Sunday, February 21, 2010

What Webster and King don't want you to know

Jnorm, one of my co-conspirators at the Society for Orthodox Apologetics, posted links to these two pages from a Roman Catholic apologetics website a few months ago at his blog Ancient Christian Defender. I've been intending ever since then to share them here, but I have a terrible memory. So, a little late but just as great, here they are:
  1. St. Athanasius on Scripture, Tradition, and Catholic Doctrine - Exposing just a few of the things that the great Athanasius of Alexandria had to say -- and William Webster and David King forgot to mention (oops, right?). Here's a sample:
    "Tradition is recognised [by Athanasius] as authoritative in two ways: (1) Negatively, in the sense that doctrines which are novel are prima facie condemned by the very fact (de Decr. 7, note 2, ib. 18, Orat. i. 8, 10, ii. 34, 40, de Syn. 3, 6, 7, and Letter 59, §3); and (2) positively, as furnishing a guide to the sense of Scripture (see references in note on Orat. iii. 58, end of ch. xxix.). In other words, tradition with Athanasius is a formal, not a material, source of doctrine. His language exemplifies the necessity of distinguishing, in the case of strong patristic utterances on the authority of tradition, between different senses of the word. Often it means simply truth conveyed in Scripture, and in that sense 'handed down' from the first, as for example c. Apol. i. 22, 'the Gospel tradition,' and Letter 60. 6 (cf. Cypr. Ep. 74. 10, where Scripture is 'divinae traditionis caput et origo.'). Moreover, tradition as distinct from Scripture is with Athanasius not a secret unwritten body of teaching handed down orally, but is to be found in the documents of antiquity and the writings of the Fathers, such as those to whom he appeals in de Decr., &c ....Connected with the function and authority of tradition is that of the Church....But Athanasius was far from undervaluing the evidence of the Church's tradition. The organ by which the tradition of the Church does its work is the teaching function of her officers, especially of the Episcopate (de Syn. 3, &c.). But to provide against erroneous teaching on the part of bishops, as well as to provide for the due administration of matters affecting the Church generally, and for ecclesiastical legislation, some authority beyond that of the individual bishop is necessary. This necessity is met, in the Church as conceived by Athanasius, in two ways, firstly by Councils, secondly in the pre-eminent authority of certain sees which exercise some sort of jurisdiction over their neighbours...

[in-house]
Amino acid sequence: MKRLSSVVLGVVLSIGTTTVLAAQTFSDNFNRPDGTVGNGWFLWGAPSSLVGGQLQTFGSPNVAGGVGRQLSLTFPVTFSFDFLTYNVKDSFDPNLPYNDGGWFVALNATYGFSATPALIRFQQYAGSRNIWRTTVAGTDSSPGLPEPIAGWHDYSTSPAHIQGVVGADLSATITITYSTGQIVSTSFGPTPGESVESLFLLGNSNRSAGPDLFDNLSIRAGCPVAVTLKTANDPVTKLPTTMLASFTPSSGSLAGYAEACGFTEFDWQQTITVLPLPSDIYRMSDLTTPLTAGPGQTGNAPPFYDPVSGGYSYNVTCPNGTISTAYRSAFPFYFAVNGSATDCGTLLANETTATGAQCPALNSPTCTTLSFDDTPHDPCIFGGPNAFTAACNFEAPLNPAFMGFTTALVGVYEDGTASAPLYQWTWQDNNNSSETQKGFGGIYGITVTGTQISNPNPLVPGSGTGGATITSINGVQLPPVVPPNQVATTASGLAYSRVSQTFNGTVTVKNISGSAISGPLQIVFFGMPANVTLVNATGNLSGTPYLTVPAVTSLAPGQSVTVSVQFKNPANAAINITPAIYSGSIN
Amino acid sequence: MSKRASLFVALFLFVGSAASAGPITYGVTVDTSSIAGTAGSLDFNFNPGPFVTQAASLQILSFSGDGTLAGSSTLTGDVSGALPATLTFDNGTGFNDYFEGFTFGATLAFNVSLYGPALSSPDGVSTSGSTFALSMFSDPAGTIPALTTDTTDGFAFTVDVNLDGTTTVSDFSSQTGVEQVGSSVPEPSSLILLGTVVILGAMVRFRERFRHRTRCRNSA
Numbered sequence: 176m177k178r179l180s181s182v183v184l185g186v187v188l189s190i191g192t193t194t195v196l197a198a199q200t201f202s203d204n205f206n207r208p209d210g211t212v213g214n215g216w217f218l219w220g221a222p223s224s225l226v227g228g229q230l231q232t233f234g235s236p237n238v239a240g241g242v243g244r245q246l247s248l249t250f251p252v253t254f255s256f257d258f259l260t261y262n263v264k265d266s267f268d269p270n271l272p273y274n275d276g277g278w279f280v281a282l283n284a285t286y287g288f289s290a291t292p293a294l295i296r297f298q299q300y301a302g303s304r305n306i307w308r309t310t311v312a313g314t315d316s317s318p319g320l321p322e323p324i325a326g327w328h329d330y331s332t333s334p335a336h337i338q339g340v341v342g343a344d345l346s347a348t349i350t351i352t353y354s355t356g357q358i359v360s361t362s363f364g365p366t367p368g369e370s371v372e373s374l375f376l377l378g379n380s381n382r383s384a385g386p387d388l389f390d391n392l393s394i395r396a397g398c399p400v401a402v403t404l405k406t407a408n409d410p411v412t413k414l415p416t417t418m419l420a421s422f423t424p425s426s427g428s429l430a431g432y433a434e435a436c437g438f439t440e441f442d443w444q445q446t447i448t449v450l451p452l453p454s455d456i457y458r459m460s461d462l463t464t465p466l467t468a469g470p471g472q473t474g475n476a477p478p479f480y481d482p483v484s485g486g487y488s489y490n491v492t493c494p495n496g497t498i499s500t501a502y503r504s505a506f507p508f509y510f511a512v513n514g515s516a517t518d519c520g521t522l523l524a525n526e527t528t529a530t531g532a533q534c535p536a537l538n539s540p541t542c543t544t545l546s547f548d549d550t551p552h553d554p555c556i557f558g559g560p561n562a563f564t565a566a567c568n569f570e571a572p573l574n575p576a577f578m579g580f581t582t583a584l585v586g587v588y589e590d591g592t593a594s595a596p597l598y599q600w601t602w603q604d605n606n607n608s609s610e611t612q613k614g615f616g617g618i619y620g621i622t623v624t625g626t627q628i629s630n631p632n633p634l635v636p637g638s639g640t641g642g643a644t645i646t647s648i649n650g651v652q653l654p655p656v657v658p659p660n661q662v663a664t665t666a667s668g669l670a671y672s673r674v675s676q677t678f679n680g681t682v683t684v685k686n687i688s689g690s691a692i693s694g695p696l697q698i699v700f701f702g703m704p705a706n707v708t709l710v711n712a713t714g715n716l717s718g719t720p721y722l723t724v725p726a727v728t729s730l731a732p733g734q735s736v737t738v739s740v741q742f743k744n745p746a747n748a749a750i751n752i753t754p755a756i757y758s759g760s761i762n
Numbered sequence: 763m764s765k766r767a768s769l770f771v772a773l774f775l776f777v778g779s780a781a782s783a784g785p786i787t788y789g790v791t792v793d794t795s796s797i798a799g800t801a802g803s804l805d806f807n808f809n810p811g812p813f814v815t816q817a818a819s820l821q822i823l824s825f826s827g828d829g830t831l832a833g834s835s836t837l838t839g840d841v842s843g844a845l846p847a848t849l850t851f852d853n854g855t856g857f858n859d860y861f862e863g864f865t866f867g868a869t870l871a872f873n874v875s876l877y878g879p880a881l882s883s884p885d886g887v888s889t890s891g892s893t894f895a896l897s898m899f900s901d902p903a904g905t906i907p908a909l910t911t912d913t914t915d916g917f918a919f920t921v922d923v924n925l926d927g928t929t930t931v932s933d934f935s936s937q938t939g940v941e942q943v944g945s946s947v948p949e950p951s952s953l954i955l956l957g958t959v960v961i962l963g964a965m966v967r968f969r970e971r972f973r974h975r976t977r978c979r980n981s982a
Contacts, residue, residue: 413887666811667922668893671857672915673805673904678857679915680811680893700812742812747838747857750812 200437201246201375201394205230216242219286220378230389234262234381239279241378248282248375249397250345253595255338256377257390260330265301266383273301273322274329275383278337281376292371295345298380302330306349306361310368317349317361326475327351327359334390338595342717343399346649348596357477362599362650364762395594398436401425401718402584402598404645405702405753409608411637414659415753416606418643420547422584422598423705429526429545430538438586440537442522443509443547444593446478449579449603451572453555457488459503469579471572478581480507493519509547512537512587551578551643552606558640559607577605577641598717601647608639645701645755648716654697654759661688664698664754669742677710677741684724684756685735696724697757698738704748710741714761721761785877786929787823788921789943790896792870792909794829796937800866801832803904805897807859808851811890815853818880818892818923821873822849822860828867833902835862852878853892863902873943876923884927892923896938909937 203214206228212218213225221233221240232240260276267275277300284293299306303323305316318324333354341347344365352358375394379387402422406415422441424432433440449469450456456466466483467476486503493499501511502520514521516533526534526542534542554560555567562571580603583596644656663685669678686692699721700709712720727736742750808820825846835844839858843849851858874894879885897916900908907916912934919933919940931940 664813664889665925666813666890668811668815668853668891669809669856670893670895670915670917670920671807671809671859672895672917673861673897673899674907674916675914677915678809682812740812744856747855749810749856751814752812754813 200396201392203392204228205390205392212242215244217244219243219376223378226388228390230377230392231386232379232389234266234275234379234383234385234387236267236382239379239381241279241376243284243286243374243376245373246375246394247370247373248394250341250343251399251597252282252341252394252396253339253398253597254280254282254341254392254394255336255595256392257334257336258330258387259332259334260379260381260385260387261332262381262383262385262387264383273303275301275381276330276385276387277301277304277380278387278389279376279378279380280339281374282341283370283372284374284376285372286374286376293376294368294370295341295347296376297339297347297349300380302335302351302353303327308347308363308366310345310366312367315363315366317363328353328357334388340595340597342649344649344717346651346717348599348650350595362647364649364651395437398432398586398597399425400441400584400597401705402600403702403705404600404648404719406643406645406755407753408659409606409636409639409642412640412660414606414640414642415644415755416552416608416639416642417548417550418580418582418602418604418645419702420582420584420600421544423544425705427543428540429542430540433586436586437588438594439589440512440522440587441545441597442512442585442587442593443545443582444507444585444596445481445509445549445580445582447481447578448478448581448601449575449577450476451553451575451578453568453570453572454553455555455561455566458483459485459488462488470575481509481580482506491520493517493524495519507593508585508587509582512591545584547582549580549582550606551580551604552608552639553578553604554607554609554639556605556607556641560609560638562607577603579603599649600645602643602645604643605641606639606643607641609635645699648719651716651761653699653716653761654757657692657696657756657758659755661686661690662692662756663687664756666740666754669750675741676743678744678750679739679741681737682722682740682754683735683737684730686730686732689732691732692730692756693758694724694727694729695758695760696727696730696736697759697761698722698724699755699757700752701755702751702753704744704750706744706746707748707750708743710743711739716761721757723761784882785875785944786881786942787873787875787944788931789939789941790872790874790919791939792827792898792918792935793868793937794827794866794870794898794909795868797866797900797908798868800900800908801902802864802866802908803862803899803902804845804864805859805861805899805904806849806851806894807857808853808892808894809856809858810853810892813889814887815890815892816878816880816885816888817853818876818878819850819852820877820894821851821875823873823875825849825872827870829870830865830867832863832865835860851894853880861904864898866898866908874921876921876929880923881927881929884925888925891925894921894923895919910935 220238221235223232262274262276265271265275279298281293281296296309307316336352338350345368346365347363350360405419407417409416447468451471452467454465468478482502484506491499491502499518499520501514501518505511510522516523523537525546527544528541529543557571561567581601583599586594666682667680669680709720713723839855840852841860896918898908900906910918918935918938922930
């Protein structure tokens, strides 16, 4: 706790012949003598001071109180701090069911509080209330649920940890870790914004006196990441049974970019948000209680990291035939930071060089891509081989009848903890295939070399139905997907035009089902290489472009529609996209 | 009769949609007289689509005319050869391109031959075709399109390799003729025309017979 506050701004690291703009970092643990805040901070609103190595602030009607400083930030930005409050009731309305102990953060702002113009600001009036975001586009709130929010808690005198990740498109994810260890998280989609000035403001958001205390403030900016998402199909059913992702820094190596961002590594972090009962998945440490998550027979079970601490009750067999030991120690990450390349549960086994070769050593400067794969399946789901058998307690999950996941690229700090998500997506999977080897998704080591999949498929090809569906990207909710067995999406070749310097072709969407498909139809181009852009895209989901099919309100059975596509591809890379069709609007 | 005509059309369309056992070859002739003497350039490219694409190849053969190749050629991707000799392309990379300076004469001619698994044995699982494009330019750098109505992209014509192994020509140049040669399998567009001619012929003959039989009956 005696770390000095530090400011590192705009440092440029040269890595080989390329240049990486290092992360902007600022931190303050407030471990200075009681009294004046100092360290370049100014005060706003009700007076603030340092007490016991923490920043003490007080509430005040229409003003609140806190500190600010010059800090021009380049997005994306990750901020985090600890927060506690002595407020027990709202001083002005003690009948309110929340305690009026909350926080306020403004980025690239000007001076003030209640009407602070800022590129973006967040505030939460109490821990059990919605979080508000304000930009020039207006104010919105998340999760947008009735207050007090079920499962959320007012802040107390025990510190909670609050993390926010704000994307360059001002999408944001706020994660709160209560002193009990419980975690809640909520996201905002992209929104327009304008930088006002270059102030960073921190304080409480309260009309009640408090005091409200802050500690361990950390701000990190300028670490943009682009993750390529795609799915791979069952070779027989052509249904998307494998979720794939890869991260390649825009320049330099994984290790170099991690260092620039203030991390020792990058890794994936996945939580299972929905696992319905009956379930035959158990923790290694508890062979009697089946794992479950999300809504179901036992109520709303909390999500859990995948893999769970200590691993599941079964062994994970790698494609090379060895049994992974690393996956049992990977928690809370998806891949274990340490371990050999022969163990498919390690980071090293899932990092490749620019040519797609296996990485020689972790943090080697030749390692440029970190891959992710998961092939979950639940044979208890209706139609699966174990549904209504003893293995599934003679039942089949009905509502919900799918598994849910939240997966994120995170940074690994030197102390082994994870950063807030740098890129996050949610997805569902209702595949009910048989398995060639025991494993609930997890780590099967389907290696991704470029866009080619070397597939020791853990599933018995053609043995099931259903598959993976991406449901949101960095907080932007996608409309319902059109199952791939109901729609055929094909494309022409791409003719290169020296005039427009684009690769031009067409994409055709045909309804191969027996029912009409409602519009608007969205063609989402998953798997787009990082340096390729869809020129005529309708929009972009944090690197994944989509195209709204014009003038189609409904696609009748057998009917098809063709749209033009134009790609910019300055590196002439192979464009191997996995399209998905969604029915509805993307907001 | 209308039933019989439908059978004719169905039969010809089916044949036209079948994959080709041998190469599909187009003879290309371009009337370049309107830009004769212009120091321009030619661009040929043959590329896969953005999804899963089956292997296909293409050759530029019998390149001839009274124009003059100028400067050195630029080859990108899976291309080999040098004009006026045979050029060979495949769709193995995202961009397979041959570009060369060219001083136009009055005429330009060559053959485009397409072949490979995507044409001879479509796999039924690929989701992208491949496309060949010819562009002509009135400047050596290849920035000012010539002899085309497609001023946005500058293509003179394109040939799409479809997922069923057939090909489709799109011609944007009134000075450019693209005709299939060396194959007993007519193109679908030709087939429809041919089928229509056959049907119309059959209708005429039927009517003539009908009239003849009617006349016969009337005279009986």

The page's primary focus, though, is the dozens of quotes it features from Athanasius' writings; these must have just slipped the minds of Webster and King. Here's a few:
    See, we are proving that this view has been transmitted from father to father; but ye, O modern Jews and disciples of Caiaphas, how many fathers can ye assign to your phrases? Not one of the understanding and wise; for all abhor you, but the devil alone; none but he is your father in this apostasy, who both in the beginning sowed you with the seed of this irreligion, and now persuades you to slander the Ecumenical Council, for committing to writing, not your doctrines, but that which from the beginning those who were eye-witnesses and ministers of the Word have handed down to us. For the faith which the Council has confessed in writing, that is the faith of the Catholic Church; to assert this, the blessed Fathers so expressed themselves while condemning the Arian heresy; and this is a chief reason why these apply themselves to calumniate the Council. For it is not the terms which trouble them, but that those terms prove them to be heretics, and presumptuous beyond other heresies. (De Decretis 27)

    For who was ever yet a hearer of such a doctrines? or whence or from whom did the abettors and hirelings of the heresy gain it? who thus expounded to them when they were at school? who told them, 'Abandon the worship of the creation, and then draw near and worship a creature and a works?' But if they themselves own that they have heard it now for the first time, how can they deny that this heresy is foreign, and not from our fathers? But what is not from our fathers, but has come to light in this day, how can it be but that of which the blessed Paul has foretold, that 'in the latter times some shall depart from the sound faith, giving heed to seducing spirits and doctrines of devils, in the hypocrisy of liars; cauterized in their own conscience, and turning from the truth?' (Discourse Against the Arians 1.8)